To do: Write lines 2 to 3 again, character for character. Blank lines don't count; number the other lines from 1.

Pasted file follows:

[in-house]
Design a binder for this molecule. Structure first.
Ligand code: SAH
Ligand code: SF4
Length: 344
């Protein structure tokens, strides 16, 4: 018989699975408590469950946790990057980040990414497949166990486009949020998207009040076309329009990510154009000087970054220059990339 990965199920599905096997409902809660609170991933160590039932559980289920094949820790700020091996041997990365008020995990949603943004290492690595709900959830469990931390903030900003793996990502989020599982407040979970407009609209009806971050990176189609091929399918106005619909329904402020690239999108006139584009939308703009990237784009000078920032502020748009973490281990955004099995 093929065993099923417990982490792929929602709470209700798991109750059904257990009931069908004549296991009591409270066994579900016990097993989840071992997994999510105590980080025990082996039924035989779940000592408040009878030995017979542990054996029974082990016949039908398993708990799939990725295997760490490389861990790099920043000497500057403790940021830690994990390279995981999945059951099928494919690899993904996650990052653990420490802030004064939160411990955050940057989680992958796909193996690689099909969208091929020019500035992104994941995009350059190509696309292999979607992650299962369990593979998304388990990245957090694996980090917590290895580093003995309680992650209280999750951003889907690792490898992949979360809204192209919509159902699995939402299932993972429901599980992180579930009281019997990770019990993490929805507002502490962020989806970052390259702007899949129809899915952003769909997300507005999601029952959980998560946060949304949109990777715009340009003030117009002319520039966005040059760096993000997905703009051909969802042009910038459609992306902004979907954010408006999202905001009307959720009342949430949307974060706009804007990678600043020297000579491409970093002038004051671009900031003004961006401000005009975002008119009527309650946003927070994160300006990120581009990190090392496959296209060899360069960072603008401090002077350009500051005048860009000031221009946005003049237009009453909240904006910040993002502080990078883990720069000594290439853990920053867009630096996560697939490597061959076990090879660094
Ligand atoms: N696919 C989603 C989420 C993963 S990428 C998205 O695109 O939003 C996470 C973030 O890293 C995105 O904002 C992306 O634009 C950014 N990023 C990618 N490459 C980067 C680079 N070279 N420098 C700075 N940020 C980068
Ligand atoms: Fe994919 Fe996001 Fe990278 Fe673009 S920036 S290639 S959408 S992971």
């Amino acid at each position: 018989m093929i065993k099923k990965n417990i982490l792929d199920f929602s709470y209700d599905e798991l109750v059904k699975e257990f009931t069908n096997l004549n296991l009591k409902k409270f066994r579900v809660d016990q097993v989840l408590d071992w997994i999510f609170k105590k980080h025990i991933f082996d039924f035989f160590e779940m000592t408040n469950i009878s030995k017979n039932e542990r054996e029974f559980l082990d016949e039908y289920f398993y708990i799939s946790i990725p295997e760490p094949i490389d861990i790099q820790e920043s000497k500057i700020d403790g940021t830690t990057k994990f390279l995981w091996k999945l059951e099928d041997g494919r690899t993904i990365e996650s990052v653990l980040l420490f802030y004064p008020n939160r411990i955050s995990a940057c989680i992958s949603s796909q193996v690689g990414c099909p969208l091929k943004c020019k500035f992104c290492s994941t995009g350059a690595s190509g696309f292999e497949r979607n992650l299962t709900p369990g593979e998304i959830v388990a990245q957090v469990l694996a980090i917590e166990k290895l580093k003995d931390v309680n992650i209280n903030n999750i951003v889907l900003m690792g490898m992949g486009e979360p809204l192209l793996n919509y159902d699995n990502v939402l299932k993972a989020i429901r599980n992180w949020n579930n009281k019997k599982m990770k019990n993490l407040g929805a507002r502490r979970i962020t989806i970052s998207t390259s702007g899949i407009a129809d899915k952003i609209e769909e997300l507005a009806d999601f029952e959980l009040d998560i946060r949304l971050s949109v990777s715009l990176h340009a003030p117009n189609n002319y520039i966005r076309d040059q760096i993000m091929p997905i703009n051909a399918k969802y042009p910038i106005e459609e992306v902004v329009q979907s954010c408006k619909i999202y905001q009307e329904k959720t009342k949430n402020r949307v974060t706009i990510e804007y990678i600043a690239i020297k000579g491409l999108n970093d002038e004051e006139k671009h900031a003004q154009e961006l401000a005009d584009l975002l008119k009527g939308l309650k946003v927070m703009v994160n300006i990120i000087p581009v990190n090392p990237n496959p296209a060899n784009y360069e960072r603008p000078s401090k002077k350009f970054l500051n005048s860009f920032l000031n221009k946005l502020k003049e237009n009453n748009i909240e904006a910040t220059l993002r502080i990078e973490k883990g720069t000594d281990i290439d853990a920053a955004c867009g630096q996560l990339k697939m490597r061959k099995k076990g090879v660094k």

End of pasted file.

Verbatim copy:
Design a binder for this molecule. Structure first.
Ligand code: SAH